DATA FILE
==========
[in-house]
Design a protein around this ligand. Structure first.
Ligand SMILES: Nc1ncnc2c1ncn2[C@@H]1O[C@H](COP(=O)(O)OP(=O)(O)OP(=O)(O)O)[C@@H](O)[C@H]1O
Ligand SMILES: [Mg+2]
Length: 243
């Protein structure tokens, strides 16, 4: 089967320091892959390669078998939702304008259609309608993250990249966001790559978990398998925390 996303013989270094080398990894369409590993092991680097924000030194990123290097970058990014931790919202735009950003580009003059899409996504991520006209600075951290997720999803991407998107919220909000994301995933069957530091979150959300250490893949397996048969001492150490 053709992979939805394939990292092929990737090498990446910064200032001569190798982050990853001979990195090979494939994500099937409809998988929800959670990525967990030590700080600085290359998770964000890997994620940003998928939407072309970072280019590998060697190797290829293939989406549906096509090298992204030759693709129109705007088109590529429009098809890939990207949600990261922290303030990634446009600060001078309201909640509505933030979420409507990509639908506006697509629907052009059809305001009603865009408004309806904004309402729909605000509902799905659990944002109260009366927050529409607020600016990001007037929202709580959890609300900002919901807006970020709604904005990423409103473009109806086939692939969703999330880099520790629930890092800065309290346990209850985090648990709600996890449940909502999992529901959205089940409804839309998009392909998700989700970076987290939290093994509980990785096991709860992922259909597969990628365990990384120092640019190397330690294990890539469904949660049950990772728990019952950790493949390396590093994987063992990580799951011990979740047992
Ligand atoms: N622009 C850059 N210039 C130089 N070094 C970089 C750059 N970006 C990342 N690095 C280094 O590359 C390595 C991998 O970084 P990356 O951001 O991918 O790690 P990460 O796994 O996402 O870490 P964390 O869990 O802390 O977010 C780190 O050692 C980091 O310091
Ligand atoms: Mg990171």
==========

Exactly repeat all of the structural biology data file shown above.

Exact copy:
[in-house]
Design a protein around this ligand. Structure first.
Ligand SMILES: Nc1ncnc2c1ncn2[C@@H]1O[C@H](COP(=O)(O)OP(=O)(O)OP(=O)(O)O)[C@@H](O)[C@H]1O
Ligand SMILES: [Mg+2]
Length: 243
């Protein structure tokens, strides 16, 4: 089967320091892959390669078998939702304008259609309608993250990249966001790559978990398998925390 996303013989270094080398990894369409590993092991680097924000030194990123290097970058990014931790919202735009950003580009003059899409996504991520006209600075951290997720999803991407998107919220909000994301995933069957530091979150959300250490893949397996048969001492150490 053709992979939805394939990292092929990737090498990446910064200032001569190798982050990853001979990195090979494939994500099937409809998988929800959670990525967990030590700080600085290359998770964000890997994620940003998928939407072309970072280019590998060697190797290829293939989406549906096509090298992204030759693709129109705007088109590529429009098809890939990207949600990261922290303030990634446009600060001078309201909640509505933030979420409507990509639908506006697509629907052009059809305001009603865009408004309806904004309402729909605000509902799905659990944002109260009366927050529409607020600016990001007037929202709580959890609300900002919901807006970020709604904005990423409103473009109806086939692939969703999330880099520790629930890092800065309290346990209850985090648990709600996890449940909502999992529901959205089940409804839309998009392909998700989700970076987290939290093994509980990785096991709860992922259909597969990628365990990384120092640019190397330690294990890539469904949660049950990772728990019952950790493949390396590093994987063992990580799951011990979740047992
Ligand atoms: N622009 C850059 N210039 C130089 N070094 C970089 C750059 N970006 C990342 N690095 C280094 O590359 C390595 C991998 O970084 P990356 O951001 O991918 O790690 P990460 O796994 O996402 O870490 P964390 O869990 O802390 O977010 C780190 O050692 C980091 O310091
Ligand atoms: Mg990171």